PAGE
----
This Day in Georgia Civil War History
December 05, 1860
Secessionists Active in Georgia
Abraham Lincoln was “officially” elected on this date, as electors gathered to cast their electoral votes. In the meeting of the Massachusetts electors, the chairman of the meeting assured those present that the President-elect would remain silent publicly until his inauguration:
His mouth will be shut with regard to the particular manner he may purpose to discharge the duties of his high office until he shall have taken the required oath, …and he be able to speak as one having authority, and under official responsibility: and then the American people may expect to hear from him words of wisdom, moderation, firmness and prudence. Source: Harold Holzer, Abraham Lincoln and the Great Secession Winter 1860-1861, Simon & Schuster, New York, 2008, pp. 524-525.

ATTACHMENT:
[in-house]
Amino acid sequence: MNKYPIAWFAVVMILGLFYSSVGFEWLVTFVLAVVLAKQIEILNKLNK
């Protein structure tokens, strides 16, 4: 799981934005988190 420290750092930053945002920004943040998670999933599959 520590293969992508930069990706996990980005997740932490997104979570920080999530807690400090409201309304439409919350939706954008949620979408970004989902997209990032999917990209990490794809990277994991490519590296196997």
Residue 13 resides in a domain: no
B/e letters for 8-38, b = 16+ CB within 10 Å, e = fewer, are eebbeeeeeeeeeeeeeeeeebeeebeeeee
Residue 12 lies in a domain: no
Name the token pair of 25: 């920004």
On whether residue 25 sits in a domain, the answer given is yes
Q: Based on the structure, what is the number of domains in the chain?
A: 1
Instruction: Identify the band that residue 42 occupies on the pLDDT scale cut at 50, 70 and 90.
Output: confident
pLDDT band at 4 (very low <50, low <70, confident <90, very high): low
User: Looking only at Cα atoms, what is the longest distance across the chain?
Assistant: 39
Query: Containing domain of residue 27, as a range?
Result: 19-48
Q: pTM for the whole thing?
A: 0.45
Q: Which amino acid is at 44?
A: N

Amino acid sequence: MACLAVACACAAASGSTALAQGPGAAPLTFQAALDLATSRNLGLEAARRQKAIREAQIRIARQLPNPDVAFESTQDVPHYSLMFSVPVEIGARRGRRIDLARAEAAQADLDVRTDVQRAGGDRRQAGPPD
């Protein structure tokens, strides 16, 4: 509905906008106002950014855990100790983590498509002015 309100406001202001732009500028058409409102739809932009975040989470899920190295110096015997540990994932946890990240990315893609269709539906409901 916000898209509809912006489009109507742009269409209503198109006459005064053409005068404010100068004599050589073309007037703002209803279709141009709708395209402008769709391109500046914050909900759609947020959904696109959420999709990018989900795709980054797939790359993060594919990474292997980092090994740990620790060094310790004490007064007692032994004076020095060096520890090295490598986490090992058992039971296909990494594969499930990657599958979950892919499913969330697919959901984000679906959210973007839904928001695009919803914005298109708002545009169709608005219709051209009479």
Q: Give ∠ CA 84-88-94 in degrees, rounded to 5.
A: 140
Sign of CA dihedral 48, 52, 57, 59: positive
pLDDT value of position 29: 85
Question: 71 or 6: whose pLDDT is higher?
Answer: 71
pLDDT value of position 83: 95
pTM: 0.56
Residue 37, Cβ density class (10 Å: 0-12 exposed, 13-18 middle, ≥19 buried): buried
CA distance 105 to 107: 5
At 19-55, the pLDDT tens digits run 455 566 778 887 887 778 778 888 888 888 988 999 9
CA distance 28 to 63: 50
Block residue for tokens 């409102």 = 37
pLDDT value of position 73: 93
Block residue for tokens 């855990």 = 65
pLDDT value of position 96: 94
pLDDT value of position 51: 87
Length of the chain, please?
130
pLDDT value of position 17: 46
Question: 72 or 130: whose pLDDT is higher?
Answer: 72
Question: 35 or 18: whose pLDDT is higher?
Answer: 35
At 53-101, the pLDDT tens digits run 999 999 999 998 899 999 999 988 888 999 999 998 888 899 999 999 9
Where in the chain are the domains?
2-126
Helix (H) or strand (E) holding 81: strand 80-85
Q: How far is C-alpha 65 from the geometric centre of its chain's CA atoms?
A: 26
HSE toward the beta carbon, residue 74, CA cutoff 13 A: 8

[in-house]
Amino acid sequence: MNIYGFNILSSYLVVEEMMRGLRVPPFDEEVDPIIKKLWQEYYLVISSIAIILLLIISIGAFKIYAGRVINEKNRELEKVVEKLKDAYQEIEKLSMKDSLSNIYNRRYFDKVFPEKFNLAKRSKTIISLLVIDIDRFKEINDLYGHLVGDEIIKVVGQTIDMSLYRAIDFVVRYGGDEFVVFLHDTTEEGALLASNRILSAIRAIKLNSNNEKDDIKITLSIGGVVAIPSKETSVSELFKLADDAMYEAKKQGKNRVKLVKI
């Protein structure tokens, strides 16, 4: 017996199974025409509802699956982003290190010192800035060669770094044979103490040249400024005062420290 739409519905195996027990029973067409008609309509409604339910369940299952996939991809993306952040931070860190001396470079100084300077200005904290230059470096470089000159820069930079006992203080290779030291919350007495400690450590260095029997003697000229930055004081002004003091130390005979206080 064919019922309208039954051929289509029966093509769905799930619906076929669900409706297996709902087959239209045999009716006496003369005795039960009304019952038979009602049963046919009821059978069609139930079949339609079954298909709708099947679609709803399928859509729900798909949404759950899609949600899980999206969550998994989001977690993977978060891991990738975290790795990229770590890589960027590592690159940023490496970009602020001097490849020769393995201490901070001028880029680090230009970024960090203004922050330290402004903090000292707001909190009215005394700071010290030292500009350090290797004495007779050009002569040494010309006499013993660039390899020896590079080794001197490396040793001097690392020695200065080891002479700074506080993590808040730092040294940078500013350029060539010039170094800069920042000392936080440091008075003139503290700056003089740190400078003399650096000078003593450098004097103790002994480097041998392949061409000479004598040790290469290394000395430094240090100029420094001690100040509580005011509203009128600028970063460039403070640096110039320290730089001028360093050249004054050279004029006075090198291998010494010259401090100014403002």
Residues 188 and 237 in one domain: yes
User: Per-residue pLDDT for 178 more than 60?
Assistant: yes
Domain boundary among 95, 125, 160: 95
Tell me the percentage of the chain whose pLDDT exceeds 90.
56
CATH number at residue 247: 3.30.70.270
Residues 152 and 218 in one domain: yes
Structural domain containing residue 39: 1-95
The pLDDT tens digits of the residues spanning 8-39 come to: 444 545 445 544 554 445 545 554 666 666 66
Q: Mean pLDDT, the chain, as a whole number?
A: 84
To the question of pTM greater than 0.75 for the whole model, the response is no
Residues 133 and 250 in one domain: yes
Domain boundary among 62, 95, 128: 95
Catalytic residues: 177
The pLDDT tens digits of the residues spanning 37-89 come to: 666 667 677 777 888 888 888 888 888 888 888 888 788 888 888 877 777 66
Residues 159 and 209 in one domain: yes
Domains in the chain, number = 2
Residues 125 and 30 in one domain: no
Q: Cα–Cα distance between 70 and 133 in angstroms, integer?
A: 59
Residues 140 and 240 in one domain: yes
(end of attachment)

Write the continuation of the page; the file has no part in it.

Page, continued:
Secession supporters in Georgia were not keeping silent by any means. Despite the pro-secession feelings of many, both in the press and in the legislature, it was far from certain that the majority of Georgia citizens - who would soon be voting to send representatives to the convention to consider secession - favored secession. Herschel Johnson noted that “the secessionists all over the state are active and noisy.” T.R.R Cobb was traversing the state giving lengthy speeches with “great effect.” And someone wrote on this day that what was driving the secessionists so hard was the belief that “a desperate battle has to be fought in Georgia.” Source of quotes: Michael P. Johnson, Toward a Patriarchal Republic: The Secession of Georgia, Louisiana State University Press, Baton Rouge, 1977, pp. 20-21.